So Idolmaster is left in a bit of a quandary. A lot of its 200+ idols are flawed beyond any real redemption, but what that does is make those who are good look even better than they are. The question is, are they good enough to outweigh the bad? Let’s not forget, whilst there’s good idols here, I only really have eyes for one of them. Honestly, right now, I’m stuck in the middle with it all. Which is where the rest of the series’ elements comes in. Don’t you worry, this isn’t just a referendum on Idolmaster’s idols. I’m bringing what the series…brings to the table…er…to the table.

The only problem is, I haven’t given it much of a look myself. Which means that what I’ve got to do now is check out three things Idolmaster has going on outside its most important factor; its music (duh), its games, and its anime.

I’ll be honest – I’m not entirely sold on J-pop. I love all sorts of music from several different genres, but for some reason there just hasn’t been an awful lot of J-pop that has captured me. However, whilst Idolmaster is obviously quite happy to stick with what it knows best, there are times it ventures out of its comfort zone. And it’s not too bad when it comes to genres further afield. Mostly, it reserves alternative genres exclusively for certain characters. For instance, among the many genres I enjoy, I like electronic and dance music most of all. But, even though it’s not its usual thing, Idolmaster can still make something like Hotel Moonside and have it come out really good. Better than its usual thing, actually, in my mind. Oh, and guess who’s singing my kind of song? Yeah, I wasn’t kidding when I told you Kanade was a cut above the rest. [4]

Of course, Idolmaster started out as a game. Not like the sort you’d find today, though. It’s been through a fair few games now, including, of course, Cinderella Girls, the mobile game that took the series up another notch. The current big game in the series is still based around said Cinderella Girls, but it’s not the original game. Instead, it’s the series’ latest wheeze, Starlight Stage, the answer to Love Live: School Idol Festival. There’s one difference between the two though, at least here. LLSIF is available in English, translated and all. Starlight Stage is not. In fact, it isn’t even available here on the Play Store. Which is why I’ve had to get it on my S6 through the rest of the internet. This might go some way to explaining how Love Live can actually compete with Idolmaster on this side of the world. Closer to home, it’s a different story. As yet, I haven’t touched Starlight Stage. But that’ll change soon.

Lastly, Idolmaster’s popularity means it has animes for both the 765Pro girls and the Cinderella Girls. In fact, this autumn, even the SideM series is getting an anime. [5] However, I’m not convinced the former is much good. I have actually seen some clips of the original Idolmaster anime, and I have to say…they all make the characters look ridiculous. Like they’re on some particularly strong drugs throughout or something. Maybe if I watched it on drugs, I’d enjoy it plenty. But I don’t want to try those just for the sake of making 765Pro look sane. Cinderella Girls looks more interesting, and I’ll probably end up watching it, but with what I’ve heard about it, it’s hard to say just how good it’ll be. It could be a masterpiece for all I know. But it could be nothing more than a lame duck. Mind you, I don’t think Love Live’s anime was much good either. The second season was real good, but the first season took time to get good and then went bad again at the end. And as for the movie? God knows what that was about. The first half of that was fine, but the second half was straight up awful. And yet despite that, as we’ve already established, I love Love Live. But my point is, right now, to me, the Cinderella Girls anime is a bag of Revels…I don’t know what I’m gonna get. Much like a lot of Idolmaster, really.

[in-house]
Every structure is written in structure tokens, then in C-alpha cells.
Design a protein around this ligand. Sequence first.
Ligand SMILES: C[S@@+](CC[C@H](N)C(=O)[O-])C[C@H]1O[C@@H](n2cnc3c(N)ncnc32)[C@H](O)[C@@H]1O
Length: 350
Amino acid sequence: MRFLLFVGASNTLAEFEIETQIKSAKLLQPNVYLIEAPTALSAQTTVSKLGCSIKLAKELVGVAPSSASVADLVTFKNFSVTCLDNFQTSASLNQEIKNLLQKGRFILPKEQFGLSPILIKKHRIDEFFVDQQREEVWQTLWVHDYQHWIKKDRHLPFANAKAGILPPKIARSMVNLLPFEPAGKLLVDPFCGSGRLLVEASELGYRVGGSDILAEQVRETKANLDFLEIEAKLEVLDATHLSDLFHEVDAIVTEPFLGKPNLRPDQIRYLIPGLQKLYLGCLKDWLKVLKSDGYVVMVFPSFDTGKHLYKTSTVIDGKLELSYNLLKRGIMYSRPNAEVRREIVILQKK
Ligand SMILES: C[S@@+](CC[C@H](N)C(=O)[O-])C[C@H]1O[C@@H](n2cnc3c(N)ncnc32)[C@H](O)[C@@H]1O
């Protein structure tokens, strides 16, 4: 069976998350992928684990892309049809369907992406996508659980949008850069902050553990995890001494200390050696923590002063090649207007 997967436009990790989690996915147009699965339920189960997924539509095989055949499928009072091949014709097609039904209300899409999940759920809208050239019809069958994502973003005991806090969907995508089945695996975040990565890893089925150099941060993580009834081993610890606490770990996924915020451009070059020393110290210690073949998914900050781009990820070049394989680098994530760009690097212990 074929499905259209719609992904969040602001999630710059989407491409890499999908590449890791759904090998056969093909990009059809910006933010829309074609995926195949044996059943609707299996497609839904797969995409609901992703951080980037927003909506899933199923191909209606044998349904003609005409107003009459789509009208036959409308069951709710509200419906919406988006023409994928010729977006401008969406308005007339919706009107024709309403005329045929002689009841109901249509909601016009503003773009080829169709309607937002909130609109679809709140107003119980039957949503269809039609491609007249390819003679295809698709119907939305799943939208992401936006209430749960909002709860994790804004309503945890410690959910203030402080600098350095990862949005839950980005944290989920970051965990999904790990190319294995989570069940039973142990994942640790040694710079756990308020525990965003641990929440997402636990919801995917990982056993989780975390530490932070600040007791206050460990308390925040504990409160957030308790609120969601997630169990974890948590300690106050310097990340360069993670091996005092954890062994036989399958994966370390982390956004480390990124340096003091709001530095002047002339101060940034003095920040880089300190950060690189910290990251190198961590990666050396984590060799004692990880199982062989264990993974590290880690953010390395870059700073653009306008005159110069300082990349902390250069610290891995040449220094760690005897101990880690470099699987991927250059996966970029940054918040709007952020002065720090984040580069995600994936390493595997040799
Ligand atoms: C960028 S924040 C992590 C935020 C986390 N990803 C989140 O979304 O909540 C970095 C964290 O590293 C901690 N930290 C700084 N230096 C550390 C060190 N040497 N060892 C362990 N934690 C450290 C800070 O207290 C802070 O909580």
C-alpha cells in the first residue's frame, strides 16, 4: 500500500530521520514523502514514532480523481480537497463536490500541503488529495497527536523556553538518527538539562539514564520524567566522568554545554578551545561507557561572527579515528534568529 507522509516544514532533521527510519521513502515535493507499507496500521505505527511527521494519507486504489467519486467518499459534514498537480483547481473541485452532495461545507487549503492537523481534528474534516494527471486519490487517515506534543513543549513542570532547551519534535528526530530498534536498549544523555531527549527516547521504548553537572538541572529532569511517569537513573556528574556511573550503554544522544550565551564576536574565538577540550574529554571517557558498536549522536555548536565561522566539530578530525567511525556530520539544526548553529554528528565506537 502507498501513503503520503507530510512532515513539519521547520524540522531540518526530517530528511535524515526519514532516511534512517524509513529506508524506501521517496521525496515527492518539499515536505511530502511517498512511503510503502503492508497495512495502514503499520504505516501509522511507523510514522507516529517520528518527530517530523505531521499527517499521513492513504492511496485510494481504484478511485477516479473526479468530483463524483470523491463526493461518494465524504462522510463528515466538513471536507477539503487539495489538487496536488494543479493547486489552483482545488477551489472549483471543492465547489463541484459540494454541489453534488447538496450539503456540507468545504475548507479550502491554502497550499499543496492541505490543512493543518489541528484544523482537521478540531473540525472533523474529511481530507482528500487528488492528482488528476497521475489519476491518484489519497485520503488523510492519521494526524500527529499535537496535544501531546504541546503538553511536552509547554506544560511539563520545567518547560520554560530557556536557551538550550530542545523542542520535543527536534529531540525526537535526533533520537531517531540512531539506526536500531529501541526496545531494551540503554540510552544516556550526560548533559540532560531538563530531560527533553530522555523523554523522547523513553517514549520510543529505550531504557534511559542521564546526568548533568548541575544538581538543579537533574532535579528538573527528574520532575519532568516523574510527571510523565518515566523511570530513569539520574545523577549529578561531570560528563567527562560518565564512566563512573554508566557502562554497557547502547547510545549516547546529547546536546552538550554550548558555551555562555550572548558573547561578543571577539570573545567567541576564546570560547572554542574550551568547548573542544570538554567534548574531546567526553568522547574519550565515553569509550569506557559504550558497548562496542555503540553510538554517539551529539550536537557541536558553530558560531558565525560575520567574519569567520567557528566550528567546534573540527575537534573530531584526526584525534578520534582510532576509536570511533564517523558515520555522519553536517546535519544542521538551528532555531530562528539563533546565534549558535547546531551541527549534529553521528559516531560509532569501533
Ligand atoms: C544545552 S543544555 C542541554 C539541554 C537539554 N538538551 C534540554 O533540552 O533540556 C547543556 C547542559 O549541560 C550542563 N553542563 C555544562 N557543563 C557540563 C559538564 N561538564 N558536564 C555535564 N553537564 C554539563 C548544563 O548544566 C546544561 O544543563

The thing with Idolmaster is, it has some gaping flaws that, ordinarily, would serve as big black marks on most series. I’m not sure about its image, a lot of its characters aren’t any good and it panders to exactly the kind of fanbase you’d expect…which is not a good thing in this case. At all. And yet within the series are some seriously tantalising positives that are keeping me reeled in. Because its image is countered by the genuine fact that it is one of the most successful series of all time – and one that is still running at peak power. For all the bad eggs amongst the series’ idols, there are a couple of real gems – one of whom is absolutely sublime. And, at the end of the day, I don’t have to go hand-in-hand with the rest of the fanbase. I mean, I did that with Love Live. A lot of its fanbase is filled with nutjobs who just make a mockery of the whole thing. So I do my own thing with it. NicoMaki? Pah, what’s that? Just let me take Maki and leave it at that. I enjoy Love Live how I want to, even if I’m not enjoying it so much now. And I can enjoy Idolmaster however I want, too. And I am right now. But I need to go deeper. For all the respect I’ve given here to Idolmaster – respect that continues to grow day by day – I’m still on the fence as to whether I can love it. But my relationship with Idolmaster is still in its early days. What I do next with it will hold all the answers.